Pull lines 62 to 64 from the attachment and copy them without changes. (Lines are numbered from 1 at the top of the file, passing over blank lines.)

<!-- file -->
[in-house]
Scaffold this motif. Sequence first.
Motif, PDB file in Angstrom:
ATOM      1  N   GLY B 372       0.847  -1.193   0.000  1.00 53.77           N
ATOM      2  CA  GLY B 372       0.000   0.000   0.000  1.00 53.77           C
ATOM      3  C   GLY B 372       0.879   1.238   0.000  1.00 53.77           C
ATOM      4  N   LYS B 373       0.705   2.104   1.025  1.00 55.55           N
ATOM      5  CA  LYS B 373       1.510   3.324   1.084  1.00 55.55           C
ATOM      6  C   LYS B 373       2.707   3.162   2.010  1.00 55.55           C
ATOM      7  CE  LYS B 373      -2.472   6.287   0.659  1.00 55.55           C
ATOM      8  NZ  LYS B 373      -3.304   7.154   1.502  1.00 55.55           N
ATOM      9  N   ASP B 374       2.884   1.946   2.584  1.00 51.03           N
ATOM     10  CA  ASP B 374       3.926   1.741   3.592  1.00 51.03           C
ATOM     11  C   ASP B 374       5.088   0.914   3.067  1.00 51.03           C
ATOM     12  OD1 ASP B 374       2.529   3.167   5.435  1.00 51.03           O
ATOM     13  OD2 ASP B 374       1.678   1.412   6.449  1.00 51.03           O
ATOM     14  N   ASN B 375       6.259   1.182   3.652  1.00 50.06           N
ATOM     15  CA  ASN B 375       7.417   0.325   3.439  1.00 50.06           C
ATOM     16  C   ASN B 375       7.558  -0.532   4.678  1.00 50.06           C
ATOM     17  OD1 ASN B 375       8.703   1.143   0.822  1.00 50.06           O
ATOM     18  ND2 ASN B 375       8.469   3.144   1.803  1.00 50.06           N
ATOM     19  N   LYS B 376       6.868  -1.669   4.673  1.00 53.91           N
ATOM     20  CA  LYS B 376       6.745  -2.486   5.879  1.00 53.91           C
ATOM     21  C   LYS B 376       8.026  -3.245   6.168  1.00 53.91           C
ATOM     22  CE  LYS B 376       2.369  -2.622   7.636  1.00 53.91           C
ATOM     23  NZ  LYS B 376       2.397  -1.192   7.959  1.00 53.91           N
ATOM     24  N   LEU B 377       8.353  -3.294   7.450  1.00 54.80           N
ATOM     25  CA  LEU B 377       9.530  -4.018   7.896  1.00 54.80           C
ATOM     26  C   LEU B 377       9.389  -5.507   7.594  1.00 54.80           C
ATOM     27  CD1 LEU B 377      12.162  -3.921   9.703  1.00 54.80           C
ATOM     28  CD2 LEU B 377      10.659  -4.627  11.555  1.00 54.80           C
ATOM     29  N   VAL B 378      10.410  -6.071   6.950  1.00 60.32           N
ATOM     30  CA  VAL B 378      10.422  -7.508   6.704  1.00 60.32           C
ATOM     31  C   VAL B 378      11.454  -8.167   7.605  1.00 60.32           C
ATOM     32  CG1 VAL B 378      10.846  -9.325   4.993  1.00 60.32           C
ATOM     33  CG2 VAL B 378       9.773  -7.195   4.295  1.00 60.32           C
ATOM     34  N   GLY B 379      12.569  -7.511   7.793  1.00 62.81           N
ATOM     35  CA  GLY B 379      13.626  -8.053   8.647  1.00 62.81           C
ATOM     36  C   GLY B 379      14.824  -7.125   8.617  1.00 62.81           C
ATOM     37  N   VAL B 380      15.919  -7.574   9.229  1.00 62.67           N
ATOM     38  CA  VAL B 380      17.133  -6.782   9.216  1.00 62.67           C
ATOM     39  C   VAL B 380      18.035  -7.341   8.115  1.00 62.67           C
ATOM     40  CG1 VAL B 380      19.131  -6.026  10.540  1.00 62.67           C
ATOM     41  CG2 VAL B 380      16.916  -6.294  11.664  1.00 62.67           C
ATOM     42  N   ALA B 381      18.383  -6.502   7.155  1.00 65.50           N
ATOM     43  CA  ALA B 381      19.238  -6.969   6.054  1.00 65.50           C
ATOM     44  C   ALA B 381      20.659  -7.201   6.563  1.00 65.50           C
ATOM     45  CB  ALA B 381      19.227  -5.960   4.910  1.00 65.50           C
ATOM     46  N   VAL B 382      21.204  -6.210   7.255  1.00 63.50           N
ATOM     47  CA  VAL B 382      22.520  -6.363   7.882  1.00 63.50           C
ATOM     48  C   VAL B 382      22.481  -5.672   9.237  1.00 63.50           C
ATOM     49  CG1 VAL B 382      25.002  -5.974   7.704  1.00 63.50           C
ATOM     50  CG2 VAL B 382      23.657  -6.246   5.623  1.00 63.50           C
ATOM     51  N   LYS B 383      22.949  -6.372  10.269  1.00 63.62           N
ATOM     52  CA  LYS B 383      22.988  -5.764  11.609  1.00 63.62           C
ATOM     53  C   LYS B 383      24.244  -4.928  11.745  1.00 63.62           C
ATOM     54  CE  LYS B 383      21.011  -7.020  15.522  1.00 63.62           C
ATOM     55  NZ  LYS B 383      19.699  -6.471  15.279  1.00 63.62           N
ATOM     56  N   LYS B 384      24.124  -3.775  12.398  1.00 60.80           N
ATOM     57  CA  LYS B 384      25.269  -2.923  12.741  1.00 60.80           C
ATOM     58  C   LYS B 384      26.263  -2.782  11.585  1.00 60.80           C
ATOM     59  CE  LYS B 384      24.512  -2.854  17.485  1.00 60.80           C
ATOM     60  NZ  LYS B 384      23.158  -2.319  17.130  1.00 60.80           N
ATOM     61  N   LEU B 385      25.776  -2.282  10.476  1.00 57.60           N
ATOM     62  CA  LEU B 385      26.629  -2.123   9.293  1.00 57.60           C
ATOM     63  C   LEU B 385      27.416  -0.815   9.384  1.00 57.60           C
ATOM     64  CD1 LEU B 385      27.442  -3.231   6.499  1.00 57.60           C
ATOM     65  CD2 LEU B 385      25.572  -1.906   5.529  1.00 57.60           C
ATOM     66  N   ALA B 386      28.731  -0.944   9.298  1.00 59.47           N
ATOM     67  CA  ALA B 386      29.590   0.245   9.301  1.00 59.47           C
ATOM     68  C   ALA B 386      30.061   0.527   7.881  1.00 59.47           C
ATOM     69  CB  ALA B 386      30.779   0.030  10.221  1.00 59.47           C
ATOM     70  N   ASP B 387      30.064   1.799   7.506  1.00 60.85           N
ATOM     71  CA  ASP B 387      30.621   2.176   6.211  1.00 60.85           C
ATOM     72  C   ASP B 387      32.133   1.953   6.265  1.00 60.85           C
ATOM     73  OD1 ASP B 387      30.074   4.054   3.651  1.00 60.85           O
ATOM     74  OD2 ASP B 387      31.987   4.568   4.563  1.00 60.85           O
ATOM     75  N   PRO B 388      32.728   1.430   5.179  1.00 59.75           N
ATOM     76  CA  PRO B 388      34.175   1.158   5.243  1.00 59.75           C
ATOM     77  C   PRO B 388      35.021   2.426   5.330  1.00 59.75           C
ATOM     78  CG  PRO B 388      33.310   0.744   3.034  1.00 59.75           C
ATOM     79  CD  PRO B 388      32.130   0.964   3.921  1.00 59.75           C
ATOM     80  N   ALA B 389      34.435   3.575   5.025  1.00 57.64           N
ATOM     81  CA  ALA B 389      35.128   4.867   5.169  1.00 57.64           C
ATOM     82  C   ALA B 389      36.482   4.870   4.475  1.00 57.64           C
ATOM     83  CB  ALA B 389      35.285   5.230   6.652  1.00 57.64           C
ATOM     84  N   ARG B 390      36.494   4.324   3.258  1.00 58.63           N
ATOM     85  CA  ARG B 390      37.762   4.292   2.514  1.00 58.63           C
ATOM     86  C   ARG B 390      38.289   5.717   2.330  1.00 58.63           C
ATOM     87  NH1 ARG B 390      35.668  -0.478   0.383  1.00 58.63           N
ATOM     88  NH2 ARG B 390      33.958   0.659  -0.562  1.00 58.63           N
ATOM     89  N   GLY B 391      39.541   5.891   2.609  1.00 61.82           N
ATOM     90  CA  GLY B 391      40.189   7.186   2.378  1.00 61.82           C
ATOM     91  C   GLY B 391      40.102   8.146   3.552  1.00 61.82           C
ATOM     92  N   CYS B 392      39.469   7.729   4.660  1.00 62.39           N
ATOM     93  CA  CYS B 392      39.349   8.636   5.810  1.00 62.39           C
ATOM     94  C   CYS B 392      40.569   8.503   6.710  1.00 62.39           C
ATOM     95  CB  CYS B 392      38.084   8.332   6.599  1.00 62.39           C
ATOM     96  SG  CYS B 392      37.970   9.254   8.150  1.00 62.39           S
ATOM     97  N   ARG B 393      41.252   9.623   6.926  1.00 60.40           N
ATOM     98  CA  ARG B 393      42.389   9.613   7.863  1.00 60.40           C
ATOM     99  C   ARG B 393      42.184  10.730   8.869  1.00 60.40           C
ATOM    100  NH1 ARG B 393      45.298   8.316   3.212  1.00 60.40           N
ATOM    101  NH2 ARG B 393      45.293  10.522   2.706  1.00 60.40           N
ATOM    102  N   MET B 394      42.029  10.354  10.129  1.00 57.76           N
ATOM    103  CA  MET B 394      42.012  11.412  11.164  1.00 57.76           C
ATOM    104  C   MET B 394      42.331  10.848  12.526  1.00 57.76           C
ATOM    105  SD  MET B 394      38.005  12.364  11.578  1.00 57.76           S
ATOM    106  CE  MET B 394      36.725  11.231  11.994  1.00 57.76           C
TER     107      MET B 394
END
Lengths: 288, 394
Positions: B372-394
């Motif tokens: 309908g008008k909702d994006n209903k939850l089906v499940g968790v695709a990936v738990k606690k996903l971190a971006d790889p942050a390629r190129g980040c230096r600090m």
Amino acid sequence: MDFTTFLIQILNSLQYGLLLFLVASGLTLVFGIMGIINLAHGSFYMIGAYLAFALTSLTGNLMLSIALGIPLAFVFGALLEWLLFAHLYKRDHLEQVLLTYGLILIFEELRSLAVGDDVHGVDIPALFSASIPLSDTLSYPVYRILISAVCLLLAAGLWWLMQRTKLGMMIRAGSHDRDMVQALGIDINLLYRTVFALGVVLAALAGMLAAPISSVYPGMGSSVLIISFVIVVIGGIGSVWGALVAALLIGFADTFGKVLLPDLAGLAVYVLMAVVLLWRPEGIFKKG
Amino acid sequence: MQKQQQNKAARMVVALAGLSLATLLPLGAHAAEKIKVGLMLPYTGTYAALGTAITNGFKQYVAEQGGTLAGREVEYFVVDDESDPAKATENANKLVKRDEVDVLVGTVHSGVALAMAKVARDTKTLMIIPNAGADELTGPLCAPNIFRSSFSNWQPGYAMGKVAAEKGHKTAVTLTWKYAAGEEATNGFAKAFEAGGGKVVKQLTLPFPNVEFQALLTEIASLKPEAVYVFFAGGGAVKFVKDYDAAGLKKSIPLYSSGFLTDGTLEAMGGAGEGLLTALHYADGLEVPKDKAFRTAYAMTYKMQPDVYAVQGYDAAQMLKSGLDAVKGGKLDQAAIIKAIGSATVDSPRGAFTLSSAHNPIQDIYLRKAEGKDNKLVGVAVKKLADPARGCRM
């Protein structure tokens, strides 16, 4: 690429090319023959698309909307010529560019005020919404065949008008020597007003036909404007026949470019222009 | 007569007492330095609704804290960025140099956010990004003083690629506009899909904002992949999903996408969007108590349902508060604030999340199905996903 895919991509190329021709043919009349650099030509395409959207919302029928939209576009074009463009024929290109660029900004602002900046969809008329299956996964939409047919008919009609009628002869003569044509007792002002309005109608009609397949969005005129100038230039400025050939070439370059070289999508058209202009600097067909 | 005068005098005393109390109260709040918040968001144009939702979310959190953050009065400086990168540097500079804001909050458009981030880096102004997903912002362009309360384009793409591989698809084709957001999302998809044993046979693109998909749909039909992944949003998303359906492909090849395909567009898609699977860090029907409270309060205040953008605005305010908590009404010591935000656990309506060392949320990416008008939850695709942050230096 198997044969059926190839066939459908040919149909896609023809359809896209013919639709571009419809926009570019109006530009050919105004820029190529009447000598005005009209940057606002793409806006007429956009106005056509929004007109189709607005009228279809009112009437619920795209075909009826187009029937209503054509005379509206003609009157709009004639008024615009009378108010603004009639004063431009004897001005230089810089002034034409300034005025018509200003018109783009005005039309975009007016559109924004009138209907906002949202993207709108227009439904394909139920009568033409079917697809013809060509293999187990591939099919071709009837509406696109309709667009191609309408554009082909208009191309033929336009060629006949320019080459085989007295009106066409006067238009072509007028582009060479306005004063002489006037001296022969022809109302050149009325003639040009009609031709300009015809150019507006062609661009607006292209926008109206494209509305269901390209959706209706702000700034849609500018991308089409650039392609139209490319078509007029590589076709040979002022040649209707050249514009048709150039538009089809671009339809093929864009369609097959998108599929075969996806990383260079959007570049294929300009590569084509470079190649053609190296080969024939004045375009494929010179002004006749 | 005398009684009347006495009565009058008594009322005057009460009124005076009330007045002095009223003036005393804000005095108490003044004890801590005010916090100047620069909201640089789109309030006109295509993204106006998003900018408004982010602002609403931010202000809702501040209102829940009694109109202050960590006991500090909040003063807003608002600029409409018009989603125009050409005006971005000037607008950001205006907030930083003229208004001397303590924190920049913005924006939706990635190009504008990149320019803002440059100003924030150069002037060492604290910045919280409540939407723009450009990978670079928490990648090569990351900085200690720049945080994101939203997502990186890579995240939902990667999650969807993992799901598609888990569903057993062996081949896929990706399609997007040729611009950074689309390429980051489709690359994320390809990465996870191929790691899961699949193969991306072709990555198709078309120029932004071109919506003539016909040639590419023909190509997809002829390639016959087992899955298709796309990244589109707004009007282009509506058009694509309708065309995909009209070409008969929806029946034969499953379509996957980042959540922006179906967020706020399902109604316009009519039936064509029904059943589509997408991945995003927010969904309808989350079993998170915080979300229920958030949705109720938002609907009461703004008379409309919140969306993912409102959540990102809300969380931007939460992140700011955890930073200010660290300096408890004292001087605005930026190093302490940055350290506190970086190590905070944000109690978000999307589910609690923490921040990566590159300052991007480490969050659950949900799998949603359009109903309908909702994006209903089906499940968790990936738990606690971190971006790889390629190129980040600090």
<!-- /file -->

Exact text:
ATOM     59  CE  LYS B 384      24.512  -2.854  17.485  1.00 60.80           C
ATOM     60  NZ  LYS B 384      23.158  -2.319  17.130  1.00 60.80           N
ATOM     61  N   LEU B 385      25.776  -2.282  10.476  1.00 57.60           N